“Tulips” is among the most striking and technically complex sculptures in Koons' “Celebration” series, providing a perfect illusion of balloon flowers, constructed of seamless and mirror-polished stainless steel. I like how the scale of the sculpture plays with our sense of perception. I also like how the highly polished and reflective surface of “Tulips” captures the surrounding light and movement of people around the piece. Even though it is inanimate, it provides a reflection of life around it.
“Party Hat” celebrates…and elevates the inexpensive conical paper party hats available at party supply and dollar stores across the country. The scale of the painting is impressive, and I thought the “house of mirrors” presentation of the subject was clever and fitting for the festive nature of the image.
The “Balloon Dog” pieces are probably among the most familiar of Koons’ “Celebration” series works. By sculpting a ‘balloon animal’ from polished stainless steel, Koons has frozen a moment in time, exaggerating both scale and material. Like the “Tulips” piece, “Balloon Dog (Blue)” is literal (i.e. a balloon dog) from a distance and abstract (i.e. light and reflections) close-up. I appreciated how the surroundings of the piece literally become part of it through the reflected images that you see.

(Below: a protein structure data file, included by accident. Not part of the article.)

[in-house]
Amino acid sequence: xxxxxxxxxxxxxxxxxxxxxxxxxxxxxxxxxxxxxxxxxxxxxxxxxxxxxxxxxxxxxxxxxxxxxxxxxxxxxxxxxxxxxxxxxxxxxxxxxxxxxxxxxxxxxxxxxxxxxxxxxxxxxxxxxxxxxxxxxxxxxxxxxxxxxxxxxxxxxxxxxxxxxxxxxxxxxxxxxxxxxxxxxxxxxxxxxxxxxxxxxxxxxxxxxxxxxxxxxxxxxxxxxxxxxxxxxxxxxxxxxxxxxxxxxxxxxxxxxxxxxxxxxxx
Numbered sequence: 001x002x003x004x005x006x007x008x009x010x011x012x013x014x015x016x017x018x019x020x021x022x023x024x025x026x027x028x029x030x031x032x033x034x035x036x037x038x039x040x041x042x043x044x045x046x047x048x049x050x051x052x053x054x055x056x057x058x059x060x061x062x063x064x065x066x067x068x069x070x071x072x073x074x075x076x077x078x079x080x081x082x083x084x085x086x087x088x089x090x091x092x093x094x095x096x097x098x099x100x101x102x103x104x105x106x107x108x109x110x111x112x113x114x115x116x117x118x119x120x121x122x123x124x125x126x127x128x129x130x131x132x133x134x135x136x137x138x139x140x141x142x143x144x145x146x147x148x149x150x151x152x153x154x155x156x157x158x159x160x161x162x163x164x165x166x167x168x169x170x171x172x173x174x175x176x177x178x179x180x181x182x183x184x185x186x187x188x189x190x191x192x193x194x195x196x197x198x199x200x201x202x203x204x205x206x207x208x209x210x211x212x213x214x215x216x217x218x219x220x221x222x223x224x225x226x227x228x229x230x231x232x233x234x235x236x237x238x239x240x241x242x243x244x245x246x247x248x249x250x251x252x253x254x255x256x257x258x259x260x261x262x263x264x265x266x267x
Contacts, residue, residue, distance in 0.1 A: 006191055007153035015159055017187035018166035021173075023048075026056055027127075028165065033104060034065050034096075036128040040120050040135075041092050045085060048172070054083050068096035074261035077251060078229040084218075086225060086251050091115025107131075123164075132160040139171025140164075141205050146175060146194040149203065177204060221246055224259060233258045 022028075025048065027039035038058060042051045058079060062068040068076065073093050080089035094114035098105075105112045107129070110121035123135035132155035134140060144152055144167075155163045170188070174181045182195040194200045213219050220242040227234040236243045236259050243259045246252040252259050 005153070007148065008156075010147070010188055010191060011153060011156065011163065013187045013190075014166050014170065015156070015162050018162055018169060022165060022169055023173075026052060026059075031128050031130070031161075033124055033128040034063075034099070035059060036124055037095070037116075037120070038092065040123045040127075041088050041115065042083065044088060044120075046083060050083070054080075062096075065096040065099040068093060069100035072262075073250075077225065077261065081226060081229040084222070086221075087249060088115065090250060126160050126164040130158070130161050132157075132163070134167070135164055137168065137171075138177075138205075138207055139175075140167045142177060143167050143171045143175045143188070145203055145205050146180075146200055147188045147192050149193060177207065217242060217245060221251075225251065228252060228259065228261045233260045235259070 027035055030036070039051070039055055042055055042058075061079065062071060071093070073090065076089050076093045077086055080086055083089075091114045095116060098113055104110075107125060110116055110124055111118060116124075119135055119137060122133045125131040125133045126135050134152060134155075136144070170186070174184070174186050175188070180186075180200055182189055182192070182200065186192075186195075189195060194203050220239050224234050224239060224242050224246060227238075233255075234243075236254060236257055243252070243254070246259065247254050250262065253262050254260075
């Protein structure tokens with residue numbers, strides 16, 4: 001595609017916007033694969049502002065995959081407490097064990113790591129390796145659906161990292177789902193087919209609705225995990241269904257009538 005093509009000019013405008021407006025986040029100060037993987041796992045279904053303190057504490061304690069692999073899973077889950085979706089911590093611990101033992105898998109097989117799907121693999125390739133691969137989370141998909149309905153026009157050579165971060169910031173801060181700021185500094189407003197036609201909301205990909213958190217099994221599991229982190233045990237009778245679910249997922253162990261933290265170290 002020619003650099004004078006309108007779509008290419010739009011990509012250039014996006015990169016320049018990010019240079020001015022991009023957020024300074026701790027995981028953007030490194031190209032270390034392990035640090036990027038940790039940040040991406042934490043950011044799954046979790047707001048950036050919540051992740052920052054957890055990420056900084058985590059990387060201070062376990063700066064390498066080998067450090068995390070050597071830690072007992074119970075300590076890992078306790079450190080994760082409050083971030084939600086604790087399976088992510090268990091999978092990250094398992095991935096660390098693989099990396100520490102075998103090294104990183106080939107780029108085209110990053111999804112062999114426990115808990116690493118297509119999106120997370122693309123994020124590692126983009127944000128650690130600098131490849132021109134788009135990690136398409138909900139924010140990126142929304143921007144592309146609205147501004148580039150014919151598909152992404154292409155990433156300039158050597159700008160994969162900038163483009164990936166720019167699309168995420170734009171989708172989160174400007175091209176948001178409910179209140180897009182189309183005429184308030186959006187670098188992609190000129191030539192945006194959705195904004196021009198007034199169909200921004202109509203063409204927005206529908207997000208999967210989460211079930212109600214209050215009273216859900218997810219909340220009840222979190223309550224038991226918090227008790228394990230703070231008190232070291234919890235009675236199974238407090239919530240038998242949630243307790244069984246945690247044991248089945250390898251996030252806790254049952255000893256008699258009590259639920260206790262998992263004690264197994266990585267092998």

Robert Therrien: Under the Table, wood, metal and enamel, 117" x 312" x 216" (1994)
In “Under the Table” the viewer is transported back to a remembered childhood experience…and a world of imaginary giants…or being shrunk in size. As I walked under the perfectly constructed chairs and table, I couldn’t help thinking of “Jack and the Beanstalk”. It was like walking into a land of giants. Unlike Jeff Koons' balloon sculptures, Therrien's piece doesn't give the illusion of something it isn't. Rather, it present something familiar….but on a much larger scale so we can see it in a new way…or from a different perspective.
Art can connect with its audience through different outlets, but the way certain pieces can leave an impression on us is remarkable. It’s the unspoken things in life that stand for the bigger picture. Take Under the Table, as an example. An ordinary object many people may walk past or habitually sit at without any thought becomes something they get to walk under - it stretches beyond its visual and societal components and becomes a sensational experience that recalls memories of a separate time. From far away, the small things are bequeathed irrelevant — tables, tulips, balloons, aluminum — and are defined by its ability to remain substantial yet invisible for most of our lives. But when we look closer, truly closer at these objects, we can immerse ourselves in the bigger picture. Much like Anatsui’s reused bottle caps, something greater is waiting to be felt. The Broad and its porous veil of walls calls its visitants to understand that.